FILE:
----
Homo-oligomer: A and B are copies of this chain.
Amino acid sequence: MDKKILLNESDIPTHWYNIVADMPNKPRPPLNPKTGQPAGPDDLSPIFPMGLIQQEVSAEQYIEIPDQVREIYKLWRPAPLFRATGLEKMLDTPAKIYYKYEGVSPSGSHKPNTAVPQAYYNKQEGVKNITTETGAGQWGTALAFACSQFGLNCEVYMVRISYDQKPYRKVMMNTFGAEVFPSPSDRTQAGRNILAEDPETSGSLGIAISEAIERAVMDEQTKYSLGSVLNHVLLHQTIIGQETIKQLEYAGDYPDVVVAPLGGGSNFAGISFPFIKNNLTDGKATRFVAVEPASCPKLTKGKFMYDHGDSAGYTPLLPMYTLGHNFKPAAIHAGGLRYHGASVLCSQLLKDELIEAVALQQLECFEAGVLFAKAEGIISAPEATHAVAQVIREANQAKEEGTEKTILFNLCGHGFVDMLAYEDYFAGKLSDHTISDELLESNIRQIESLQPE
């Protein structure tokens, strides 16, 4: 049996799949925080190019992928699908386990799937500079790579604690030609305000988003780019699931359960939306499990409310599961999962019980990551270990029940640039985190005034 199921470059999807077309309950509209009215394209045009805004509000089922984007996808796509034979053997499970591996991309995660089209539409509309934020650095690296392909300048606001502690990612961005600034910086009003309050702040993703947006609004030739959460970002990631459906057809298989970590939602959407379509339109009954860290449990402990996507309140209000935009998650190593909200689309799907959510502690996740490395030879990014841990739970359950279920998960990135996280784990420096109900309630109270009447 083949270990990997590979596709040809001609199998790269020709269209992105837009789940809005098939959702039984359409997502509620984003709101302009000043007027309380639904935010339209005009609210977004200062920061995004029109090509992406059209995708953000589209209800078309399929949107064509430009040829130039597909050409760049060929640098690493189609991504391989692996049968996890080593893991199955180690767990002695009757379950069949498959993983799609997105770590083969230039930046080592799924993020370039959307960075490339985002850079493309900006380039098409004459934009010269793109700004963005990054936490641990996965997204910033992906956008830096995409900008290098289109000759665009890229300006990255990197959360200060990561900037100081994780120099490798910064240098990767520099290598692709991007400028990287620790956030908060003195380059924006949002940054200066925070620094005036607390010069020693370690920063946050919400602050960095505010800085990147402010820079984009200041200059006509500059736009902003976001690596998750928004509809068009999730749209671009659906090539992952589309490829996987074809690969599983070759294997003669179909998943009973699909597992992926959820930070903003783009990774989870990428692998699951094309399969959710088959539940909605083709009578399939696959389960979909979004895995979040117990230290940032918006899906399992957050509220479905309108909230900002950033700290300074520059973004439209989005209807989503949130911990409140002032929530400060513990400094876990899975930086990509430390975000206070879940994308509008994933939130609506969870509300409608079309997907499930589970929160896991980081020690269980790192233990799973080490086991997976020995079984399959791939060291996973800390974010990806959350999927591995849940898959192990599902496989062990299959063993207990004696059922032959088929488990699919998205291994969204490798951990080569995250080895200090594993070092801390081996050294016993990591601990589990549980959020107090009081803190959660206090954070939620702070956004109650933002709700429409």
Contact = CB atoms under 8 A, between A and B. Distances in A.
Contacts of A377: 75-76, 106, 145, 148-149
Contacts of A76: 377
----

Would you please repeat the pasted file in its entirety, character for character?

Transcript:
Homo-oligomer: A and B are copies of this chain.
Amino acid sequence: MDKKILLNESDIPTHWYNIVADMPNKPRPPLNPKTGQPAGPDDLSPIFPMGLIQQEVSAEQYIEIPDQVREIYKLWRPAPLFRATGLEKMLDTPAKIYYKYEGVSPSGSHKPNTAVPQAYYNKQEGVKNITTETGAGQWGTALAFACSQFGLNCEVYMVRISYDQKPYRKVMMNTFGAEVFPSPSDRTQAGRNILAEDPETSGSLGIAISEAIERAVMDEQTKYSLGSVLNHVLLHQTIIGQETIKQLEYAGDYPDVVVAPLGGGSNFAGISFPFIKNNLTDGKATRFVAVEPASCPKLTKGKFMYDHGDSAGYTPLLPMYTLGHNFKPAAIHAGGLRYHGASVLCSQLLKDELIEAVALQQLECFEAGVLFAKAEGIISAPEATHAVAQVIREANQAKEEGTEKTILFNLCGHGFVDMLAYEDYFAGKLSDHTISDELLESNIRQIESLQPE
């Protein structure tokens, strides 16, 4: 049996799949925080190019992928699908386990799937500079790579604690030609305000988003780019699931359960939306499990409310599961999962019980990551270990029940640039985190005034 199921470059999807077309309950509209009215394209045009805004509000089922984007996808796509034979053997499970591996991309995660089209539409509309934020650095690296392909300048606001502690990612961005600034910086009003309050702040993703947006609004030739959460970002990631459906057809298989970590939602959407379509339109009954860290449990402990996507309140209000935009998650190593909200689309799907959510502690996740490395030879990014841990739970359950279920998960990135996280784990420096109900309630109270009447 083949270990990997590979596709040809001609199998790269020709269209992105837009789940809005098939959702039984359409997502509620984003709101302009000043007027309380639904935010339209005009609210977004200062920061995004029109090509992406059209995708953000589209209800078309399929949107064509430009040829130039597909050409760049060929640098690493189609991504391989692996049968996890080593893991199955180690767990002695009757379950069949498959993983799609997105770590083969230039930046080592799924993020370039959307960075490339985002850079493309900006380039098409004459934009010269793109700004963005990054936490641990996965997204910033992906956008830096995409900008290098289109000759665009890229300006990255990197959360200060990561900037100081994780120099490798910064240098990767520099290598692709991007400028990287620790956030908060003195380059924006949002940054200066925070620094005036607390010069020693370690920063946050919400602050960095505010800085990147402010820079984009200041200059006509500059736009902003976001690596998750928004509809068009999730749209671009659906090539992952589309490829996987074809690969599983070759294997003669179909998943009973699909597992992926959820930070903003783009990774989870990428692998699951094309399969959710088959539940909605083709009578399939696959389960979909979004895995979040117990230290940032918006899906399992957050509220479905309108909230900002950033700290300074520059973004439209989005209807989503949130911990409140002032929530400060513990400094876990899975930086990509430390975000206070879940994308509008994933939130609506969870509300409608079309997907499930589970929160896991980081020690269980790192233990799973080490086991997976020995079984399959791939060291996973800390974010990806959350999927591995849940898959192990599902496989062990299959063993207990004696059922032959088929488990699919998205291994969204490798951990080569995250080895200090594993070092801390081996050294016993990591601990589990549980959020107090009081803190959660206090954070939620702070956004109650933002709700429409």
Contact = CB atoms under 8 A, between A and B. Distances in A.
Contacts of A377: 75-76, 106, 145, 148-149
Contacts of A76: 377